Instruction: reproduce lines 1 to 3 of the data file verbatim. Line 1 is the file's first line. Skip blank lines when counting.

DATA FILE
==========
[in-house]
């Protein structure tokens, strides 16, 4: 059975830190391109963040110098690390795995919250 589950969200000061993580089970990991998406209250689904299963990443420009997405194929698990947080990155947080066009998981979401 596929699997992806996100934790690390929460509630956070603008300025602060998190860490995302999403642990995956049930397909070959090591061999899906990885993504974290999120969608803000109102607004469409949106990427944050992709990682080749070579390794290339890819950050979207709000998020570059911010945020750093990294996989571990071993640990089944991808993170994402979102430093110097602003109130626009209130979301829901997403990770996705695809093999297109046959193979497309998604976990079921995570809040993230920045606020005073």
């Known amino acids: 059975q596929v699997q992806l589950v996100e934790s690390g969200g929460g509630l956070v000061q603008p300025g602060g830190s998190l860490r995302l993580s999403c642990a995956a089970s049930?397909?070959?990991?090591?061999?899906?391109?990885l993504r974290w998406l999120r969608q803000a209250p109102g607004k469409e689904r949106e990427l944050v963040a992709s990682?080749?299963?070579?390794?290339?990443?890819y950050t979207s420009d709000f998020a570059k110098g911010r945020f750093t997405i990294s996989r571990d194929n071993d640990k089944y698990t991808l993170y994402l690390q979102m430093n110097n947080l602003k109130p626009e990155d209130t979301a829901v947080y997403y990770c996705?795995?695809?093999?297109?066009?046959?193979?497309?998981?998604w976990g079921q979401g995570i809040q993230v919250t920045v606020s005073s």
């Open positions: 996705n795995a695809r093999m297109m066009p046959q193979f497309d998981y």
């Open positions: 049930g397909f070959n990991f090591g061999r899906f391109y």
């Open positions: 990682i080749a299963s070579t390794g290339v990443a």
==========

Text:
[in-house]
């Protein structure tokens, strides 16, 4: 059975830190391109963040110098690390795995919250 589950969200000061993580089970990991998406209250689904299963990443420009997405194929698990947080990155947080066009998981979401 596929699997992806996100934790690390929460509630956070603008300025602060998190860490995302999403642990995956049930397909070959090591061999899906990885993504974290999120969608803000109102607004469409949106990427944050992709990682080749070579390794290339890819950050979207709000998020570059911010945020750093990294996989571990071993640990089944991808993170994402979102430093110097602003109130626009209130979301829901997403990770996705695809093999297109046959193979497309998604976990079921995570809040993230920045606020005073």
């Known amino acids: 059975q596929v699997q992806l589950v996100e934790s690390g969200g929460g509630l956070v000061q603008p300025g602060g830190s998190l860490r995302l993580s999403c642990a995956a089970s049930?397909?070959?990991?090591?061999?899906?391109?990885l993504r974290w998406l999120r969608q803000a209250p109102g607004k469409e689904r949106e990427l944050v963040a992709s990682?080749?299963?070579?390794?290339?990443?890819y950050t979207s420009d709000f998020a570059k110098g911010r945020f750093t997405i990294s996989r571990d194929n071993d640990k089944y698990t991808l993170y994402l690390q979102m430093n110097n947080l602003k109130p626009e990155d209130t979301a829901v947080y997403y990770c996705?795995?695809?093999?297109?066009?046959?193979?497309?998981?998604w976990g079921q979401g995570i809040q993230v919250t920045v606020s005073s």